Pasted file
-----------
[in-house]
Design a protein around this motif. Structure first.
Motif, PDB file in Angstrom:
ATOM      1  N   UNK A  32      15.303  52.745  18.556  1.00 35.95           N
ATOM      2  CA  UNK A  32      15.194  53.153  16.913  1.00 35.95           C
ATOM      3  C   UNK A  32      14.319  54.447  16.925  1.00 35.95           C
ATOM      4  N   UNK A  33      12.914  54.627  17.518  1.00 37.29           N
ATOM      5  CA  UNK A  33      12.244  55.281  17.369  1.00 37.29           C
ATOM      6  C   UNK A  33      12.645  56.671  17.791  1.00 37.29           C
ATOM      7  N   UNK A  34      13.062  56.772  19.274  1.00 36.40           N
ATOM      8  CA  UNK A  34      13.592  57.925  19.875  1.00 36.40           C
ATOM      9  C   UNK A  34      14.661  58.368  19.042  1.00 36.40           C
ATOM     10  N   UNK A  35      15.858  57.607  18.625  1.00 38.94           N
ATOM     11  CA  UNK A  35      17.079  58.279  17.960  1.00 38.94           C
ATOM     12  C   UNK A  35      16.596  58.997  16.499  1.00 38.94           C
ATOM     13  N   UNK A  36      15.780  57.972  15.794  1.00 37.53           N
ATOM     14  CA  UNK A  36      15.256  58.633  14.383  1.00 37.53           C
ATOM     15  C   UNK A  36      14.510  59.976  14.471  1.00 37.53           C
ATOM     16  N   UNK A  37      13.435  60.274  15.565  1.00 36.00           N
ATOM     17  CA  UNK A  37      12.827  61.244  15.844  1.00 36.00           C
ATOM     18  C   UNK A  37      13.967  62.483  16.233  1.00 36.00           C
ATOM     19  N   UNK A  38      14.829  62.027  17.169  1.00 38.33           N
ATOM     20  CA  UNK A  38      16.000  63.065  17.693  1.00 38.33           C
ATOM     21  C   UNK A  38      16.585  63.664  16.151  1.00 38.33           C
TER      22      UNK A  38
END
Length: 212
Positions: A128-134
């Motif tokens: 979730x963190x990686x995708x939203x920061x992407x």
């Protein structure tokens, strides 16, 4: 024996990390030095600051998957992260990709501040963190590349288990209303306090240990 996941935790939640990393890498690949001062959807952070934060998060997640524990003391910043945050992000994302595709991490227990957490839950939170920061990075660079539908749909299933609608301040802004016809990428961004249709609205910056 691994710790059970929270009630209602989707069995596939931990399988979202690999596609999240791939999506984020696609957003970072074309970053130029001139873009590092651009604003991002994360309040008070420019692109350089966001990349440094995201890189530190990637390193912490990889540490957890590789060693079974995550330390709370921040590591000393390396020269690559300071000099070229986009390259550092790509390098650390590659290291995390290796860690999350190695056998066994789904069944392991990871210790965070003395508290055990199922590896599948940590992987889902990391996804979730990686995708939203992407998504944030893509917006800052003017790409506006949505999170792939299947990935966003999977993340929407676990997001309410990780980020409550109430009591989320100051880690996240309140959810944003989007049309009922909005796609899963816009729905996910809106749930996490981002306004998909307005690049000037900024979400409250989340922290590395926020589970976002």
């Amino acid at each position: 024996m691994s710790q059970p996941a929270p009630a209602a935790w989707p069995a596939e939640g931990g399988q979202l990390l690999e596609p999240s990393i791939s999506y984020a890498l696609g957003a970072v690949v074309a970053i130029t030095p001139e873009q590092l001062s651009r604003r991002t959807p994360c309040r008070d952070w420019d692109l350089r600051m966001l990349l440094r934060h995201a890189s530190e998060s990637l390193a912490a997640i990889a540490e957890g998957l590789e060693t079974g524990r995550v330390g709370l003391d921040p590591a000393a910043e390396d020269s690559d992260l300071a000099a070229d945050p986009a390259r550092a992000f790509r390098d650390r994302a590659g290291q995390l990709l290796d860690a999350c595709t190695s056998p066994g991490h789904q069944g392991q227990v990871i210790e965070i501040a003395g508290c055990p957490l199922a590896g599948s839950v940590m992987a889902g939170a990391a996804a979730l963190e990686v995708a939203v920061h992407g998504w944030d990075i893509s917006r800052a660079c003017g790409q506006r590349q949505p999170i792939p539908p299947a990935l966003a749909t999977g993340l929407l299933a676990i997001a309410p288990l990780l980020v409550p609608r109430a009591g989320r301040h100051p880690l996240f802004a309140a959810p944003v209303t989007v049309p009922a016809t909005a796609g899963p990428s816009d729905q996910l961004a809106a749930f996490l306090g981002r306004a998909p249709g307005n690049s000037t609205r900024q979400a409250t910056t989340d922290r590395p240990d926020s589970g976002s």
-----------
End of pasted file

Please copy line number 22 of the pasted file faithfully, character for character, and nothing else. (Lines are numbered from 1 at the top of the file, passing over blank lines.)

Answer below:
ATOM     19  N   UNK A  38      14.829  62.027  17.169  1.00 38.33           N